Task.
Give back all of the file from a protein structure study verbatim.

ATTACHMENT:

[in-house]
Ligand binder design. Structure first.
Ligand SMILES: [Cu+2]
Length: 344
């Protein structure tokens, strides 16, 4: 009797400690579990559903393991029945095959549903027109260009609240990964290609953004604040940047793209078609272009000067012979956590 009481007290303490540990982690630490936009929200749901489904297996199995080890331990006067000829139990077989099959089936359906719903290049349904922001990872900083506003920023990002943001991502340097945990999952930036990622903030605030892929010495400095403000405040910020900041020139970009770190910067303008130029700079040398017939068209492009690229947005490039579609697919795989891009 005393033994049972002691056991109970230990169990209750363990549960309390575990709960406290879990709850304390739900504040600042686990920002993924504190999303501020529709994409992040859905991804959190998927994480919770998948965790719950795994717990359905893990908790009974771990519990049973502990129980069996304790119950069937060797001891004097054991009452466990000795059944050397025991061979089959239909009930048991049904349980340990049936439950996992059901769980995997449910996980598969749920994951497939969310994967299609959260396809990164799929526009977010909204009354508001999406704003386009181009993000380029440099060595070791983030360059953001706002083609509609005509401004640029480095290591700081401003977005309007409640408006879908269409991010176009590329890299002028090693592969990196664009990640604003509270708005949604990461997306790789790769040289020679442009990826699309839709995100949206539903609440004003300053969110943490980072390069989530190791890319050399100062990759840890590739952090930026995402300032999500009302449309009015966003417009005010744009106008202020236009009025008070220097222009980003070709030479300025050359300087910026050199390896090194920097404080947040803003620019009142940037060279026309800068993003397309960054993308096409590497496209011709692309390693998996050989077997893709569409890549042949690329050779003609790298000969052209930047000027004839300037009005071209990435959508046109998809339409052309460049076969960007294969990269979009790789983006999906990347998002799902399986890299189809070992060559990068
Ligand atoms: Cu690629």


[in-house]
Ligand binder design. Structure first.
Ligand SMILES: [Cu+2]
Length: 344
């Protein structure tokens, strides 16, 4: 009797400690579990559903393991029945095959549903027109260009609240990964290609953004604040940047793209078609272009000067012979956590 009481007290303490540990982690630490936009929200749901489904297996199995080890331990006067000829139990077989099959089936359906719903290049349904922001990872900083506003920023990002943001991502340097945990999952930036990622903030605030892929010495400095403000405040910020900041020139970009770190910067303008130029700079040398017939068209492009690229947005490039579609697919795989891009 005393033994049972002691056991109970230990169990209750363990549960309390575990709960406290879990709850304390739900504040600042686990920002993924504190999303501020529709994409992040859905991804959190998927994480919770998948965790719950795994717990359905893990908790009974771990519990049973502990129980069996304790119950069937060797001891004097054991009452466990000795059944050397025991061979089959239909009930048991049904349980340990049936439950996992059901769980995997449910996980598969749920994951497939969310994967299609959260396809990164799929526009977010909204009354508001999406704003386009181009993000380029440099060595070791983030360059953001706002083609509609005509401004640029480095290591700081401003977005309007409640408006879908269409991010176009590329890299002028090693592969990196664009990640604003509270708005949604990461997306790789790769040289020679442009990826699309839709995100949206539903609440004003300053969110943490980072390069989530190791890319050399100062990759840890590739952090930026995402300032999500009302449309009015966003417009005010744009106008202020236009009025008070220097222009980003070709030479300025050359300087910026050199390896090194920097404080947040803003620019009142940037060279026309800068993003397309960054993308096409590497496209011709692309390693998996050989077997893709569409890549042949690329050779003609790298000969052209930047000027004839300037009005071209990435959508046109998809339409052309460049076969960007294969990269979009790789983006999906990347998002799902399986890299189809070992060559990068
Ligand atoms: Cu690629």